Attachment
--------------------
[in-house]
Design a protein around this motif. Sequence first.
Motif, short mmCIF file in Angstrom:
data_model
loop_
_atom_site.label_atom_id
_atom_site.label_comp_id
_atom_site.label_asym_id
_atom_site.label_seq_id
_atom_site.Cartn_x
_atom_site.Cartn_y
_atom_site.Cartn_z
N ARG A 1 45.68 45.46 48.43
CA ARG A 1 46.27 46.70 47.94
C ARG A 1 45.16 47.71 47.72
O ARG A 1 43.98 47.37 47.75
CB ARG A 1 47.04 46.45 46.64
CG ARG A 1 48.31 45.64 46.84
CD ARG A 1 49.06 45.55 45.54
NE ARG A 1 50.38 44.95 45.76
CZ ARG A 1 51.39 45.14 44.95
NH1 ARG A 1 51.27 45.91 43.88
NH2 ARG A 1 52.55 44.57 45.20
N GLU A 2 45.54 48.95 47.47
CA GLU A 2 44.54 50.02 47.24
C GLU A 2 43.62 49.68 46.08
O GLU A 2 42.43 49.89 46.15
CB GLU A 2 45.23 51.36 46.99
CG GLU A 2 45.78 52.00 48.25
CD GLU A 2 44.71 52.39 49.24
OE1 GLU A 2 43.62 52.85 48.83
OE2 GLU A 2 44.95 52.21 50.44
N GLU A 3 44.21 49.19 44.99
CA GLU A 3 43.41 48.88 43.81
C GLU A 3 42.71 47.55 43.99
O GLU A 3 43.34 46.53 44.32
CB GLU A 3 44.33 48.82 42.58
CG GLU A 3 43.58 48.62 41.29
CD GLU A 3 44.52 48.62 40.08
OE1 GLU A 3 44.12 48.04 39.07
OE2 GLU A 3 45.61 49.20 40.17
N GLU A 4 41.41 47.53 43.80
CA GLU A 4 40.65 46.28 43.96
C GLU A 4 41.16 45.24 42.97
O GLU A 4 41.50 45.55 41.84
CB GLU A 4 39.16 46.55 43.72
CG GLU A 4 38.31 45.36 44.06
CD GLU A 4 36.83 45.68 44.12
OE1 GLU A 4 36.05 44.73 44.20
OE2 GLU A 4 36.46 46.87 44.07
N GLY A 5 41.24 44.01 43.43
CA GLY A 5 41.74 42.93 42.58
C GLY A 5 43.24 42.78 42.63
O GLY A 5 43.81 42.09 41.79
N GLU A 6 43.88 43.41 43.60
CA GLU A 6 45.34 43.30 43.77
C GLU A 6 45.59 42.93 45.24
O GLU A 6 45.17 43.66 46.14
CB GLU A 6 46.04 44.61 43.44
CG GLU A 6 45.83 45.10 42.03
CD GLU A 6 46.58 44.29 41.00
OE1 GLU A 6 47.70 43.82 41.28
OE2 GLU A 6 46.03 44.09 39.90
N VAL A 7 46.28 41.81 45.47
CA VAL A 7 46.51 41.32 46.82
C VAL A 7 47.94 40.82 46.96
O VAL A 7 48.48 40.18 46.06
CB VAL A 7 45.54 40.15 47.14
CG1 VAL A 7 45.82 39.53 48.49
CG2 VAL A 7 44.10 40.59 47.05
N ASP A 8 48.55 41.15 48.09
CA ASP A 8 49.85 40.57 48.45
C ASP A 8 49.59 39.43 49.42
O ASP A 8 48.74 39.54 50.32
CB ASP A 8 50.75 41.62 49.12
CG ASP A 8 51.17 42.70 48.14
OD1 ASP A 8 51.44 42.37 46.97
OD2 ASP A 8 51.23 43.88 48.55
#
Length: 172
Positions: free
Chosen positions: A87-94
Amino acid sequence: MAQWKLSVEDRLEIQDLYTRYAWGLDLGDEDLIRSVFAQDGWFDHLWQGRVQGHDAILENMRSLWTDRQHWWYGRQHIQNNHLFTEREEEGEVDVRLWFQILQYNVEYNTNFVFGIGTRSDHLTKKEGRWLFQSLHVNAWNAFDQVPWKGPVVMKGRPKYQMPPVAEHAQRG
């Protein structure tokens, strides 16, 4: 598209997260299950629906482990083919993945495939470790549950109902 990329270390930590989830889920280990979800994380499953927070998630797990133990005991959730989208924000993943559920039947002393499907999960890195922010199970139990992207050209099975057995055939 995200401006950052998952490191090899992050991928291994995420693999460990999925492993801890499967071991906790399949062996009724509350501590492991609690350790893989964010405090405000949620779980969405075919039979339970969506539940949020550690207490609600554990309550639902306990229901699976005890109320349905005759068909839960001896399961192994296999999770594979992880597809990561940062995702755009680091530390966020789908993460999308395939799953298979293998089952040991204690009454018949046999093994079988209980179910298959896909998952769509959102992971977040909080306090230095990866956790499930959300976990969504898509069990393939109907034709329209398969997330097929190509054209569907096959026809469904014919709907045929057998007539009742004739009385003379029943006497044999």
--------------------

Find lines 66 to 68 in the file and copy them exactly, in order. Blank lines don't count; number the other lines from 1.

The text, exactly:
C VAL A 7 47.94 40.82 46.96
O VAL A 7 48.48 40.18 46.06
CB VAL A 7 45.54 40.15 47.14